Shutdown cripples life in Darjeeling for sixth day (Lead)

February 14th, 2011 - 11:31 pm ICT by IANS  

Kolkata/Darjeeling, Feb 14 (IANS) Normal life continued to be crippled in West Bengal’s Darjeeling Hills for the sixth day Monday due to an indefinite shutdown called by the pro-Gorkhaland group Gorkha Janamukti Morcha (GJM).There was, however, high drama as the GJM announced a 24-hour relaxation of the indefinite shutdown Monday afternoon, only to reverse the decision hours later claiming their supporters want to continue the shutdown without any break.

“Earlier, we decided that the shutdown will be relaxed for 24 hours on Tuesday to enable people stock essential goods. But they have asked us to continue it without break. People are apprehensive that if the shutdown is relaxed, police will start torturing them,” said GJM secretary Roshan Giri.

“Police are assaulting our supporters regularly. They are torturing women and innocent villagers. The villagers are being termed as terrorists,” added Giri.

GJM is observing indefinite strike protesting against killing of their three activists in police firing Feb 8.

Responding to Chief Minister Buddhadeb Bhattacharjee’s call for a dialogue, GJM president Bimal Gurung said, “We are ready for a discussion. But Bhattacharjee has to inform us of the agenda for the discussion before the dialogue is started.”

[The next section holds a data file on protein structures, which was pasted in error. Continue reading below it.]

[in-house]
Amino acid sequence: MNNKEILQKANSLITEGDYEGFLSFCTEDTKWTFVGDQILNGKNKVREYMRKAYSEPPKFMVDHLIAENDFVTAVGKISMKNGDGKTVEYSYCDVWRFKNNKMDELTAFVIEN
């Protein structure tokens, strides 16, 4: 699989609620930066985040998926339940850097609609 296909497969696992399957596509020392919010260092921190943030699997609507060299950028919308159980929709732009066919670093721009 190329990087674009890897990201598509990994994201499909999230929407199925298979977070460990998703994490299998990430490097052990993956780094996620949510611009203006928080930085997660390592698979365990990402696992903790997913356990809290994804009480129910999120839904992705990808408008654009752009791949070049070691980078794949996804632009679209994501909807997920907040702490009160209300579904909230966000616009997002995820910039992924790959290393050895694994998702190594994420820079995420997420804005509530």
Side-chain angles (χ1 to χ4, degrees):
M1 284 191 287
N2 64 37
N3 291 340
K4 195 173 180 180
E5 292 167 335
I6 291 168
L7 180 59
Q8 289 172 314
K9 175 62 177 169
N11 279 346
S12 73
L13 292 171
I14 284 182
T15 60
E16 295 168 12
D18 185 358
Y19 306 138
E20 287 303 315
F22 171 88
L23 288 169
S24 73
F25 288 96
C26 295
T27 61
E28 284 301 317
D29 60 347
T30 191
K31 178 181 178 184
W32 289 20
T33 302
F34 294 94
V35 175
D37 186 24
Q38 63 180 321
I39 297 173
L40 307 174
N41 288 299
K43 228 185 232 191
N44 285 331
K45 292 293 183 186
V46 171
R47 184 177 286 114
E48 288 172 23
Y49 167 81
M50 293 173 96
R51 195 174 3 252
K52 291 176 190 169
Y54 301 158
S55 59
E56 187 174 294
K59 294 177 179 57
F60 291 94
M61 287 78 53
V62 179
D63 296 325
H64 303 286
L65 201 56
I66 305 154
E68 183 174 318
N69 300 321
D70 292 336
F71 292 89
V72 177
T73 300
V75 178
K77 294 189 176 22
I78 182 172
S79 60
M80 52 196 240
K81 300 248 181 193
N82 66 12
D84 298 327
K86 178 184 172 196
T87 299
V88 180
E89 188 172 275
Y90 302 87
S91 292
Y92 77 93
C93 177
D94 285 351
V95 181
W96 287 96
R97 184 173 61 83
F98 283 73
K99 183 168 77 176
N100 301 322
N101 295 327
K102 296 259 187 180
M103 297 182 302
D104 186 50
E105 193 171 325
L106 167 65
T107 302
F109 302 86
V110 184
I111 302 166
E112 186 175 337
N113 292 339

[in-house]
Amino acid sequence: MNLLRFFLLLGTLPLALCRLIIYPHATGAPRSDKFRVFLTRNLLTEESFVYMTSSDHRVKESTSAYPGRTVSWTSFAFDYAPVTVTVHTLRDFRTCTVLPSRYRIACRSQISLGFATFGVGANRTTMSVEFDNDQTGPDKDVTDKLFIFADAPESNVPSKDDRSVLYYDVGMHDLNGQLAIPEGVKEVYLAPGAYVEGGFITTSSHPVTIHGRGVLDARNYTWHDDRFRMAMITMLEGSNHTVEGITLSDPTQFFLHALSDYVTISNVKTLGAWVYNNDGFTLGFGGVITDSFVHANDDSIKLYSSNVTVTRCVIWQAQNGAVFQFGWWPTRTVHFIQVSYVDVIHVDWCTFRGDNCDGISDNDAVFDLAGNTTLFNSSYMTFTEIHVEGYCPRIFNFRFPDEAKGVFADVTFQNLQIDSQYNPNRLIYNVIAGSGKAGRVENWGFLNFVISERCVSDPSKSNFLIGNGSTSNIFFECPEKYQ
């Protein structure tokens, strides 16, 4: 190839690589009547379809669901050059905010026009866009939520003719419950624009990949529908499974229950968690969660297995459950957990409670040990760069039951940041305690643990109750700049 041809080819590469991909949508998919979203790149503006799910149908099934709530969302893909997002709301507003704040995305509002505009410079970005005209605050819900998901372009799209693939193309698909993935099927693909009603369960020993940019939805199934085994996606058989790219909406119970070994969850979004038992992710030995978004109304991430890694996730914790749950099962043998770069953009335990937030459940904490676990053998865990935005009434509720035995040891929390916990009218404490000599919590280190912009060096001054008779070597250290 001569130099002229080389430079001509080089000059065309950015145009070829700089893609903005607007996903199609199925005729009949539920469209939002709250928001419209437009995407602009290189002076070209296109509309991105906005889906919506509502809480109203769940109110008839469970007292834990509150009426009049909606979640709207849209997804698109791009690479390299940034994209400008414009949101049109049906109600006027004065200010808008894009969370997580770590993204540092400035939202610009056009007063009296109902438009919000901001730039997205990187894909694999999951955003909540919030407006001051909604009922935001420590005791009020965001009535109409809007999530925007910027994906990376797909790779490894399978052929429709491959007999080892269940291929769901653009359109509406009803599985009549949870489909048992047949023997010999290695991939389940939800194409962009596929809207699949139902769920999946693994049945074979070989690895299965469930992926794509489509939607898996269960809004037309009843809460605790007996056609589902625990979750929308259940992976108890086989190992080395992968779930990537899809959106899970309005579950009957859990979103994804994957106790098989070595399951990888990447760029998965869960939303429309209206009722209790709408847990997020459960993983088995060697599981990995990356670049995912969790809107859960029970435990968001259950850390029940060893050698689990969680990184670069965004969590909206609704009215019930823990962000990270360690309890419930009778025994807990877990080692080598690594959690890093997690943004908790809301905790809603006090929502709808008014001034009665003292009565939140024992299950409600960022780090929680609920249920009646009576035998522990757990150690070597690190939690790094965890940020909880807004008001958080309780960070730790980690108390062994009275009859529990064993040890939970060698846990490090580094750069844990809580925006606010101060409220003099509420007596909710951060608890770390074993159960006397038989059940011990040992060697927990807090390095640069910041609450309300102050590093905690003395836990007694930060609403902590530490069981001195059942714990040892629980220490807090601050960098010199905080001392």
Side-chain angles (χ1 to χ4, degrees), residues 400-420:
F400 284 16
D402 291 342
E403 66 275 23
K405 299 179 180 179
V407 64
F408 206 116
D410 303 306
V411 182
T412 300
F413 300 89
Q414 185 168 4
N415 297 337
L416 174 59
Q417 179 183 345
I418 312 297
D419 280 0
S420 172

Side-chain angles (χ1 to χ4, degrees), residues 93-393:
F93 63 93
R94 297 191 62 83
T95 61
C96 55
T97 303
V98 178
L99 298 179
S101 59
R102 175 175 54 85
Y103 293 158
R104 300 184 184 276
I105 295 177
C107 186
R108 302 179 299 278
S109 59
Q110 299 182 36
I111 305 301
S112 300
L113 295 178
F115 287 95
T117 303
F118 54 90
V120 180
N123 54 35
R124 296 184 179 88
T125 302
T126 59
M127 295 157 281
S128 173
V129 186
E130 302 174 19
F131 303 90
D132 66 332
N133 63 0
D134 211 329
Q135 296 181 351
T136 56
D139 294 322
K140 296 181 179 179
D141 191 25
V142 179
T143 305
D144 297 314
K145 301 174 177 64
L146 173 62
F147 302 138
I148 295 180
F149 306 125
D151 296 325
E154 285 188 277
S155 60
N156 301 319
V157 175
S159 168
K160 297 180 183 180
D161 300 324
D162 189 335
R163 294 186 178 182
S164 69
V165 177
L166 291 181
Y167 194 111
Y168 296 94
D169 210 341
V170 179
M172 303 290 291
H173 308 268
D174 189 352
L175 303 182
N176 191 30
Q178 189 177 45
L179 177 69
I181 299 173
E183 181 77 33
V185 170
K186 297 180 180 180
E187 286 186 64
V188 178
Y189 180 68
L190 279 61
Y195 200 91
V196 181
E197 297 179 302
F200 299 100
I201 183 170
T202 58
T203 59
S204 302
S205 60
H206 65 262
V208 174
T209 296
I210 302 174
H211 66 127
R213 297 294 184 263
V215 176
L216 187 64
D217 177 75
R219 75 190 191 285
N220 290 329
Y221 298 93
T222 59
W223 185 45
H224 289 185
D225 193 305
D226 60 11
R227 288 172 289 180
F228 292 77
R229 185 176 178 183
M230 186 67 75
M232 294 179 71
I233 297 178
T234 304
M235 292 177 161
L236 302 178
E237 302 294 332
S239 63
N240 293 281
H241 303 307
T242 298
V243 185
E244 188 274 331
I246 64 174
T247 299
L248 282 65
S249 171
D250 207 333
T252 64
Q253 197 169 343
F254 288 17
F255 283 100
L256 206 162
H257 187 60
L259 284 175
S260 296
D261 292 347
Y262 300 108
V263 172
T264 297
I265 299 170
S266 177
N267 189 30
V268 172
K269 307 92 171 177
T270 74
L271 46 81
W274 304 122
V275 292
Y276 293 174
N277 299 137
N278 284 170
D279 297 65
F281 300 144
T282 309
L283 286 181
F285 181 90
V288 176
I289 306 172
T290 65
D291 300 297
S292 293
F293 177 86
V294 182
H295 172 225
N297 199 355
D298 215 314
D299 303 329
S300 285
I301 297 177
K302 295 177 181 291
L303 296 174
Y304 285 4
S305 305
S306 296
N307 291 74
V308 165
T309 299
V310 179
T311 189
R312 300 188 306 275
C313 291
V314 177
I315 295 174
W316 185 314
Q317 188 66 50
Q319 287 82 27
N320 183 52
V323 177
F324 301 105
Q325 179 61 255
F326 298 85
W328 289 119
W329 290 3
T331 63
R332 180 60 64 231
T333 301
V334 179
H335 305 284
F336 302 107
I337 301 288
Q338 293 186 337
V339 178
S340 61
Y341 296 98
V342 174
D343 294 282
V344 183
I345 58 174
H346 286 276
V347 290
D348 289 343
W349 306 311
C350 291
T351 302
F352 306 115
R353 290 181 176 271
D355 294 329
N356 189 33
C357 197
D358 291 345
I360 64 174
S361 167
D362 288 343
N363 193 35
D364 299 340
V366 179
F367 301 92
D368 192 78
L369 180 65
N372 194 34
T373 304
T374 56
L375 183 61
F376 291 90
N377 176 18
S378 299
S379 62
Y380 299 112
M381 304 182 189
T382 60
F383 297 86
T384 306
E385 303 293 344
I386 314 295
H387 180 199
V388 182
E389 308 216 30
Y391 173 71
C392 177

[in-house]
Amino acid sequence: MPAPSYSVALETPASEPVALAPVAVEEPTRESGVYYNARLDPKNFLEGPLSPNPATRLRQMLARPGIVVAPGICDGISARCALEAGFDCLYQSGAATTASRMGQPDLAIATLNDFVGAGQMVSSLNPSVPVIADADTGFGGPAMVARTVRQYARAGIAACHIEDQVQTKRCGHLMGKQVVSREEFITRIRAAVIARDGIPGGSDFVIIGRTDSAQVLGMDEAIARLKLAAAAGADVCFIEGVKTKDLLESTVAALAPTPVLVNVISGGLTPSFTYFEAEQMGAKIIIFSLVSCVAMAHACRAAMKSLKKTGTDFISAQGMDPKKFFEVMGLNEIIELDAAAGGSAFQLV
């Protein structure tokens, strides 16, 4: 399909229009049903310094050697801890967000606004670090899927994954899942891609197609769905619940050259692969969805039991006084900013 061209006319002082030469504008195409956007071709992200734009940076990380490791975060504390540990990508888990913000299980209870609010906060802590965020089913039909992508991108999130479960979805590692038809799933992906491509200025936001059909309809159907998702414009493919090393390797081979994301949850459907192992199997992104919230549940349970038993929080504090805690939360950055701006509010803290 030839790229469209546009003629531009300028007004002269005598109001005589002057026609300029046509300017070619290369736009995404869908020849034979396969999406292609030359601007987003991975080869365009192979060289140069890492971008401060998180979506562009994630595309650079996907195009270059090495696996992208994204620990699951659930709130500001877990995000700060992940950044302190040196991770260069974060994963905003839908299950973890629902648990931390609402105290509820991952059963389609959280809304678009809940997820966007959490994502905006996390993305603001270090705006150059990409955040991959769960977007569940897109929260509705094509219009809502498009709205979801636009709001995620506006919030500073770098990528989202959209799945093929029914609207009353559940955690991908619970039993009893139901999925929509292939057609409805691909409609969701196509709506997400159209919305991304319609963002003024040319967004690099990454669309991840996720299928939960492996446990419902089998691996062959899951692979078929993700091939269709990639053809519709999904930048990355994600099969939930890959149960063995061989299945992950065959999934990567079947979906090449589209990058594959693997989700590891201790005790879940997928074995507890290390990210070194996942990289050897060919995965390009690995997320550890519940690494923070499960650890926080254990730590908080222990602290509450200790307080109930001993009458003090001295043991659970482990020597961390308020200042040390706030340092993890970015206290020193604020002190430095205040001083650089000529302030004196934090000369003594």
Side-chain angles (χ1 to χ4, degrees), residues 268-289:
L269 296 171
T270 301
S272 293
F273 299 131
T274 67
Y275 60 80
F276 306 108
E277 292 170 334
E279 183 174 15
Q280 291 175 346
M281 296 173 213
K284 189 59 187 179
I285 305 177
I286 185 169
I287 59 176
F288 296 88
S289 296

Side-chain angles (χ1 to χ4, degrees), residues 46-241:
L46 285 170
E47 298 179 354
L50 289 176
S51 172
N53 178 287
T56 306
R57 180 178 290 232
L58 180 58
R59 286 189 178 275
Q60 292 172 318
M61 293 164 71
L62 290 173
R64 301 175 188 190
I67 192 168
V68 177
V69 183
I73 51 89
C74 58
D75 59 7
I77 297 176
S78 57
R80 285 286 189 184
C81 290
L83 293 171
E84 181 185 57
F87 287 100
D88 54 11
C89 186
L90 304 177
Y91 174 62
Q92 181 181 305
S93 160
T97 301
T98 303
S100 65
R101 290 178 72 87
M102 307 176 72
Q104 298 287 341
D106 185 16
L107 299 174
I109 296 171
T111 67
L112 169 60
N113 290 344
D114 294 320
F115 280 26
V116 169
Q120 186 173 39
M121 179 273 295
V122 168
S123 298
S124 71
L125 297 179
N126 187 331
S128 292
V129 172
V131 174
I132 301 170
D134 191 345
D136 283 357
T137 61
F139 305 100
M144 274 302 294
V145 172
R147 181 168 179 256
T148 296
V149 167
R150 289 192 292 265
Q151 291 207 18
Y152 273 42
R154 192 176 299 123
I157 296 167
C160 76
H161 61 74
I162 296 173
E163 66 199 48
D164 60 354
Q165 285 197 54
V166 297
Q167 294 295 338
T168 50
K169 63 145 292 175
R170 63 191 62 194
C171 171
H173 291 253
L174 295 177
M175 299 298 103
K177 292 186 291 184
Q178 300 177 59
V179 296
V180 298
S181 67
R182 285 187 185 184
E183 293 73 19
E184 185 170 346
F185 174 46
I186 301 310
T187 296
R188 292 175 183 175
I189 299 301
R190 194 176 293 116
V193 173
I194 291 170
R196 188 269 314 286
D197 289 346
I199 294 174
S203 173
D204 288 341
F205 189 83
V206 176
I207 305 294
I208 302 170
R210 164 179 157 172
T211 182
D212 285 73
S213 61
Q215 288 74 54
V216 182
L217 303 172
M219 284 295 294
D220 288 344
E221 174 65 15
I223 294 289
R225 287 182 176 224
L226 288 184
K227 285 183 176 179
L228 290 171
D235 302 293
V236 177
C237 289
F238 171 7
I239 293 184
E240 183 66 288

Gurung said the GJM will welcome the visit of a high-level Election Commission (EC) team if it desires to tour Darjeeling to assess the law and order situation before the upcoming assembly election.

Five members of the poll panel team that is touring several trouble-torn areas of the state will visit Darjeeling Tuesday.

“The team members will start for Darjeeling Tuesday and after completing their assessment will file the reports before the EC,” said additional Chief Electoral Officer N.K. Sahana.

Meanwhile, the shutdown was total in three subdivisions - Darjeeling, Kurseong and Kalimpong - in the district. All shops and business establishments remained closed. No vehicles plied on the roads, said Inspector General of Police (north Bengal) Ranvir Kumar.

Police opened fire in the Dooars - Himalayan foothills in Jalpaiguri district - following a clash with GJM supporters who tried to violate prohibitory orders that banned gathering of five or more people at a time.

Over the past two years, the Bimal Gurung-led GJM has sidelined the GNLF, which since the 1980s spearheaded the movement for a separate Gorkhaland to be carved out of West Bengal.

The GJM has called several indefinite shutdowns in the hills between 2008 and 2010, severely hitting timber and tourism - the mainstay of the hill region’s economy.

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